Scone Abbey flourished for over four hundred years. In 1559, it fell victim to a mob from Dundee during the early days of the Reformation and was largely destroyed. In 1580 the abbey estates were granted to Lord Ruthven, later the Earl of Gowrie, who held estates around what is now called Huntingtower Castle. The Ruthvens rebuilt the Abbot's Palace of the old abbey as a grand residence. In 1600, James VI charged the family with treason and their estates at Scone were passed to Sir David Murray of Gospetrie, 1st Lord Scone, one of James' most loyal followers.
In 1604, the Palace of Scone was the family seat of the Murrays of Scone and the 1st Lord Scone. These Murrays were a branch of the Murrays of Tullibardine (later Atholl), whose original family seat was Balvaird Castle in Fife.
The Modern Palace
Neo-gothic in style, the Palace that can be visited today was finished in 1808.
The State Rooms of Scone Palace display fine collections of furniture, ceramics, ivories, and clocks. Some of the prized contents of Scone Palace are Rococo chairs by Pierre Bara, further items by Robert Adam and Chippendale, Dresden and Sèvres porcelains, as well as the truly unique collection of Vernee Martin vases and a Reisener writing desk given to David Murray, 2nd Earl of Mansfield by Marie-Antoinette. The collection at Scone Palace also includes a fantastic range of Scottish and British portraiture including works by Reynolds, Ramsay, and de Lazlo. There is also the famous piece of art by Sir David Wilkie called the Village Politicians which was commissioned and bought by David Murray, 3rd Earl of Mansfield. There are further pictures by David Teniers and the famous Zoffany depicting the mulatto Dido Elizabeth Belle and her cousin Lady Elizabeth Murray (both great nieces of William Murray, 1st Earl of Mansfield and Lord Chie Justice of England) wich picture inspired the 2013 film Belle.
The Lennox Room, named after the Duke of Lennox, is rich in pieces with royal connections including the bed-hanging made by Mary Queen of Scots during her imprisonment in Loch Leven Castle, a gateleg oak table said to have belonged to King James VI, and an oak armchair used by Charles II for his coronation. Plus a portrait of the Rev. Andrew Murray, 1st Lord Balvaird.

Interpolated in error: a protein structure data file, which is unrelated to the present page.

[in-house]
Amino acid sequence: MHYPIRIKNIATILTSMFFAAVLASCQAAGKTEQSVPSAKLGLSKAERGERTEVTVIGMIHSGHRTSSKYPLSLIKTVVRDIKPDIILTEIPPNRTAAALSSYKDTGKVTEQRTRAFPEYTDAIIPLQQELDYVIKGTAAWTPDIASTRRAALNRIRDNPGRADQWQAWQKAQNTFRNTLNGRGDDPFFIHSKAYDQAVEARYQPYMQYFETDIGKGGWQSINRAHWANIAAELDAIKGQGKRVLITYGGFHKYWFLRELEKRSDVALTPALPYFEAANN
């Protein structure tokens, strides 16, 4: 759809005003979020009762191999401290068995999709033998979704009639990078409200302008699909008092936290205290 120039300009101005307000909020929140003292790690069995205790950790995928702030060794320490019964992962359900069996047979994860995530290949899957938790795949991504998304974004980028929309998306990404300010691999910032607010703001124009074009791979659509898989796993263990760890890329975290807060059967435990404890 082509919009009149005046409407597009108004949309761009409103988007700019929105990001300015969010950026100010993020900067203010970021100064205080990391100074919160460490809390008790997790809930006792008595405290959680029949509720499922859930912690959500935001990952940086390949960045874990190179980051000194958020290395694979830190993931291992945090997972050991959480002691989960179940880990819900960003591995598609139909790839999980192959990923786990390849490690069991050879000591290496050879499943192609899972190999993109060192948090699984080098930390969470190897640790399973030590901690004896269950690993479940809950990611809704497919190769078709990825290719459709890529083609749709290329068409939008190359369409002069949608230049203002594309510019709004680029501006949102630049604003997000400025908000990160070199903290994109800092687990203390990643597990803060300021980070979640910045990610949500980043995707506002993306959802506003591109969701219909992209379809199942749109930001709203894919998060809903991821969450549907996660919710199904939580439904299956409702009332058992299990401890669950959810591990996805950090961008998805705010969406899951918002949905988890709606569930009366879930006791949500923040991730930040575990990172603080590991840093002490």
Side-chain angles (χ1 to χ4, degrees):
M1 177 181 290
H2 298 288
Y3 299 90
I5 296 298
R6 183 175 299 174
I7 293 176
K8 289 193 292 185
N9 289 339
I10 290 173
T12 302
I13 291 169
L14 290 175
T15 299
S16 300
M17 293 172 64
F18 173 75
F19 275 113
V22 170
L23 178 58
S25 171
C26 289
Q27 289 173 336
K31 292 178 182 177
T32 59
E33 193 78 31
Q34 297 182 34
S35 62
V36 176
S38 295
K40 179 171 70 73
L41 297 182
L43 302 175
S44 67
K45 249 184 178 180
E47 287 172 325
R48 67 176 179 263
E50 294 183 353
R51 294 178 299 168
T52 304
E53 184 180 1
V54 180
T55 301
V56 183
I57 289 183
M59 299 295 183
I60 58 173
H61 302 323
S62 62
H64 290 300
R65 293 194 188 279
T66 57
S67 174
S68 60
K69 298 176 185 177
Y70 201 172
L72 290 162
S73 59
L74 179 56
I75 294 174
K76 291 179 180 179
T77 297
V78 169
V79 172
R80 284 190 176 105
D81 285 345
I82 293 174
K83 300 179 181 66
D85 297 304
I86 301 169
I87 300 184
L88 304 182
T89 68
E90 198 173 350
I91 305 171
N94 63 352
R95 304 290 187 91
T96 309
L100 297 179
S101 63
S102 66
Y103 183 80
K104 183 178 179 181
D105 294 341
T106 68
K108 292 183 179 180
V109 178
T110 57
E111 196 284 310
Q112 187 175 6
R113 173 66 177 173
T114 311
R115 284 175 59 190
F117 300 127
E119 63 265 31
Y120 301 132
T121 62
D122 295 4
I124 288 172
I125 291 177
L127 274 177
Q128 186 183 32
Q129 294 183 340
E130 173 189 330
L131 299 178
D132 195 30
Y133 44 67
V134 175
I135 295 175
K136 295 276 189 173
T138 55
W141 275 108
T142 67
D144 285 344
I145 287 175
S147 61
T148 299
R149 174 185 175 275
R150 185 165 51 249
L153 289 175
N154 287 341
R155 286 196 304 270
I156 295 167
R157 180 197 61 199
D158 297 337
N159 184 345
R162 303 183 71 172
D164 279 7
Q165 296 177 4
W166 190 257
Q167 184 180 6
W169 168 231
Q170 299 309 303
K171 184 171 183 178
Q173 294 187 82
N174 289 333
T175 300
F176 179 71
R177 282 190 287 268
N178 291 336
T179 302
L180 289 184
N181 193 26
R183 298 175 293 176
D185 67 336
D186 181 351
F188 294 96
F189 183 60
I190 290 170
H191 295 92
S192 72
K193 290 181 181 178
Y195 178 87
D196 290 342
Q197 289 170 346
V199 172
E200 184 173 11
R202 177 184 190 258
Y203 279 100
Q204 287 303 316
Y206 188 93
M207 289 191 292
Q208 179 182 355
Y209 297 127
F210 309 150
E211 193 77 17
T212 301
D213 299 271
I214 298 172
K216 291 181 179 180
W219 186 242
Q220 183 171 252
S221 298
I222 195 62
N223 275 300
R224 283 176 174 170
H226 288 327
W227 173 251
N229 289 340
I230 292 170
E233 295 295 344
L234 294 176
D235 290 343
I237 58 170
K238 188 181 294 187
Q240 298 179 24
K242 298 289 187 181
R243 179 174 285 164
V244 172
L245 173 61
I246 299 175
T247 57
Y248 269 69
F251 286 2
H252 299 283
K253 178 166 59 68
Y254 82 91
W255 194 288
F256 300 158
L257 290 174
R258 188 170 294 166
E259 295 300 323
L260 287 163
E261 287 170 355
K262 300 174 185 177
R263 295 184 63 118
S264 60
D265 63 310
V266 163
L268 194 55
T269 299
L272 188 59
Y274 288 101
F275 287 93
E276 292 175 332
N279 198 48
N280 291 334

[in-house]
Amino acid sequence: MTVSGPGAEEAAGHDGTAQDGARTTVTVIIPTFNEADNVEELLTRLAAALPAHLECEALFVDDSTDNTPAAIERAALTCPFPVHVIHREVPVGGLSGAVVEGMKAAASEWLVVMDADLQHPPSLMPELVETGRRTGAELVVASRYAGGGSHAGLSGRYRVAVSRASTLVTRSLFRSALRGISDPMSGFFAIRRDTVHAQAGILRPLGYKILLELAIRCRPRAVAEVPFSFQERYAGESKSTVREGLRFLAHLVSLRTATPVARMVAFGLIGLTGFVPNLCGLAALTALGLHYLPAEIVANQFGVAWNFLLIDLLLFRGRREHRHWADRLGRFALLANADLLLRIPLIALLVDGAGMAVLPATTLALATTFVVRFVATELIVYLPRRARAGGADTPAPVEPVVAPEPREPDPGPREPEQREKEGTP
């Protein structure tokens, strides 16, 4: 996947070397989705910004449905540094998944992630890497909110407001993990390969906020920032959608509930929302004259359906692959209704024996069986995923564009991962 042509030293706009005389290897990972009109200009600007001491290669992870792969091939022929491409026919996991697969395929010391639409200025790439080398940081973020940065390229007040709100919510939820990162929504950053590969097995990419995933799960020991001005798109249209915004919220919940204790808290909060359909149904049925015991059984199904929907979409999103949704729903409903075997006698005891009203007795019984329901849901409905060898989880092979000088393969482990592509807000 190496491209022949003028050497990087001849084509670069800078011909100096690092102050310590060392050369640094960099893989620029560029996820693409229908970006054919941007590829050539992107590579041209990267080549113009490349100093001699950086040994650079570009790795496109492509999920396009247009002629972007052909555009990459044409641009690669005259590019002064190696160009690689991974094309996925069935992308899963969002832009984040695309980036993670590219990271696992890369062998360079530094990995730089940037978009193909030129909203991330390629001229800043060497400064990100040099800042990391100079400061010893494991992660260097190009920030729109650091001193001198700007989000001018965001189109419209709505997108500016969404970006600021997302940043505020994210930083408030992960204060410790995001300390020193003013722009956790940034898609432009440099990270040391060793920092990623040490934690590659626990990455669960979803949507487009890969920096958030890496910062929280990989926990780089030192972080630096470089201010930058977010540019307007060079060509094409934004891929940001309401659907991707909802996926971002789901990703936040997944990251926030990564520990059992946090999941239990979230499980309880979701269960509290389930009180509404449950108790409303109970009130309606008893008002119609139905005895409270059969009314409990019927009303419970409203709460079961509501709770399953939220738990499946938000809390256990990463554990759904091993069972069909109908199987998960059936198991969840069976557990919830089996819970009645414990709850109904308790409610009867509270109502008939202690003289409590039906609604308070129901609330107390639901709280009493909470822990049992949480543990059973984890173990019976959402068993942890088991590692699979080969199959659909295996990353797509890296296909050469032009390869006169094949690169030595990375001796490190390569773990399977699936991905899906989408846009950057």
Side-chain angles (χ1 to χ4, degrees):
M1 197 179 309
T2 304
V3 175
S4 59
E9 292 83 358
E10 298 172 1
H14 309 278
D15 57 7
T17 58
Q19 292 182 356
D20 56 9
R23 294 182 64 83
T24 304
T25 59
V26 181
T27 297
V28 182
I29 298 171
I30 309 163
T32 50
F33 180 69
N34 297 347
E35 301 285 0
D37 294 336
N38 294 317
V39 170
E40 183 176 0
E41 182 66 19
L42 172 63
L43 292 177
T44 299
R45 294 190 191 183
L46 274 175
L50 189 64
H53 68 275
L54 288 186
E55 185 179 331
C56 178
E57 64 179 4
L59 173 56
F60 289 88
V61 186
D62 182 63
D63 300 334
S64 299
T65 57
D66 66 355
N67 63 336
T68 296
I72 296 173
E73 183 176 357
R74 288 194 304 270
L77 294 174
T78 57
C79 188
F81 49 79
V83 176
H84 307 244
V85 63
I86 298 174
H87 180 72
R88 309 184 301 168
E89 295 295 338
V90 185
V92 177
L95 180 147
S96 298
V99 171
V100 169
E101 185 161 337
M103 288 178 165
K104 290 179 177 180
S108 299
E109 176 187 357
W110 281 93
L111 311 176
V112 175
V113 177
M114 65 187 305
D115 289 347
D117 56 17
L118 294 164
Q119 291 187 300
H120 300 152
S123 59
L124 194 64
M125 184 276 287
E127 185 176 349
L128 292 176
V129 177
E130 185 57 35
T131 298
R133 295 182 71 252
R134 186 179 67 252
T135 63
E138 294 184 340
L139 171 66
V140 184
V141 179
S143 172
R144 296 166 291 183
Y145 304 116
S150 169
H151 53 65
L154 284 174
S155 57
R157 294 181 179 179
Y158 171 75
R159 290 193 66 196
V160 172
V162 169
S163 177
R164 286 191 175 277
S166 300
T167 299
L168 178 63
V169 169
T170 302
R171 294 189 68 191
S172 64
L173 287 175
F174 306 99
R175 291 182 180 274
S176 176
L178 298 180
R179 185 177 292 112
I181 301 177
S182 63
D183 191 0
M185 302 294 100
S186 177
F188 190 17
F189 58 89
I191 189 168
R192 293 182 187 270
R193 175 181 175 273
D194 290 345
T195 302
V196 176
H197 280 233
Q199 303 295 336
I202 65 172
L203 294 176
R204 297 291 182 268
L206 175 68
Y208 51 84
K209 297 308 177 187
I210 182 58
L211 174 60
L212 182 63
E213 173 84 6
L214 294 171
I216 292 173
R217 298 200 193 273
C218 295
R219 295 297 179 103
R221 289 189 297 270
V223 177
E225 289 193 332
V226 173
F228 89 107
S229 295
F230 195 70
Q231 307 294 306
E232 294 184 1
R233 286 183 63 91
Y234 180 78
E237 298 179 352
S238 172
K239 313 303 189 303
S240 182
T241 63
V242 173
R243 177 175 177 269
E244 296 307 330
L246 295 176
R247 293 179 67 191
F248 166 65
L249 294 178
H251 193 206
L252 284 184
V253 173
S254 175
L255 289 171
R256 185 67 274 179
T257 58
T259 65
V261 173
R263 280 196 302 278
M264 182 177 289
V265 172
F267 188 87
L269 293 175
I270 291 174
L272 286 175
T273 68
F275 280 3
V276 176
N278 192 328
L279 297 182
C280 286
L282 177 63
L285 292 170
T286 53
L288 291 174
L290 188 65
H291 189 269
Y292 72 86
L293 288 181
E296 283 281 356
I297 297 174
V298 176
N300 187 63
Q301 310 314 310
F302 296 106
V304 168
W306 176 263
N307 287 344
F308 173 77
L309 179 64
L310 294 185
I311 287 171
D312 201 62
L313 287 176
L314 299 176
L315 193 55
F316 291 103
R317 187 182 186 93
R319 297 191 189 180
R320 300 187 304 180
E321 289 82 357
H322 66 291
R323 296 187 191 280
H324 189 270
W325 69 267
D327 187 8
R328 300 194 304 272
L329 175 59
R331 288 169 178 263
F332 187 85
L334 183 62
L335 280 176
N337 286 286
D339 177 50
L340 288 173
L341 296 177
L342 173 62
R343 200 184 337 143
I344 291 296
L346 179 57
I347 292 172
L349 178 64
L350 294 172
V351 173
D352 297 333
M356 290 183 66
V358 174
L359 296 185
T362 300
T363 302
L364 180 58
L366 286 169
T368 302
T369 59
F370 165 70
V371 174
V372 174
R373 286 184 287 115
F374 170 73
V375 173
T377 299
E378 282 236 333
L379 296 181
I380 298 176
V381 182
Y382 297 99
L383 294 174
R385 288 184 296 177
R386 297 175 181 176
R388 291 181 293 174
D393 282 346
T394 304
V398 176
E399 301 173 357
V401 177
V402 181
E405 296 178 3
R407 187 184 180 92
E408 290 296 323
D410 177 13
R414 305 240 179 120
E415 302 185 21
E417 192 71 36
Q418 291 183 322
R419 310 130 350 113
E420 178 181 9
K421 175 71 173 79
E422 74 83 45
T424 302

The fabulous collection of large European ivories came from Bavaria, Italy and France. They were carved in the 17th, 18th and 19th centuries in elephant and walrus tusk, and collected mainly by William David Murray, 4th Earl of Mansfield. They are arranged around the Dining Room of the Palace.
The gardens and grounds are also open to the public. The grounds of Scone Palace feature the Moot Hill, the crowning place of the Kings of Scots. A replica of the Stone of Scone sits upon the Moot Hill in front of a 17th-century chapel containing a fine monument dedicated to David Murray of Gospertie, 1st Lord Scone by the Flemish sculpture Maximilian Colt. Another attraction in the grounds and gardens is the Murray Star shaped maze. The maze was inspired by the heraldic arms of the Murrays of Scone - an azure (blue) background with three stars argent (sliver).
There are fine woodlands in the grounds and policies of Scone Palace, some of the fir trees being at least 250 years old. The grounds of the Palace were the first place of introduction to Britain of the Douglas fir tree species, after being introduced by David Douglas. Douglas was a son of Scone and worked as a gardener and forester for the Earl of Mansfield before embarking upon his botanical career. The first Douglas fir still stands in the grounds today.
Scone has a special relationship with trees due to the life of the famous botanist David Douglas. Douglas introduced the Douglas Fir to Europe and Scotland.
A number of peacocks roam the grounds, including several albino males.
- Adam, Frank and Thomas Innes. The Clans Septs and Regiments and Natural History of Britain, W. W. Norton Publishing (2002) ISBN 0-393-05740-2.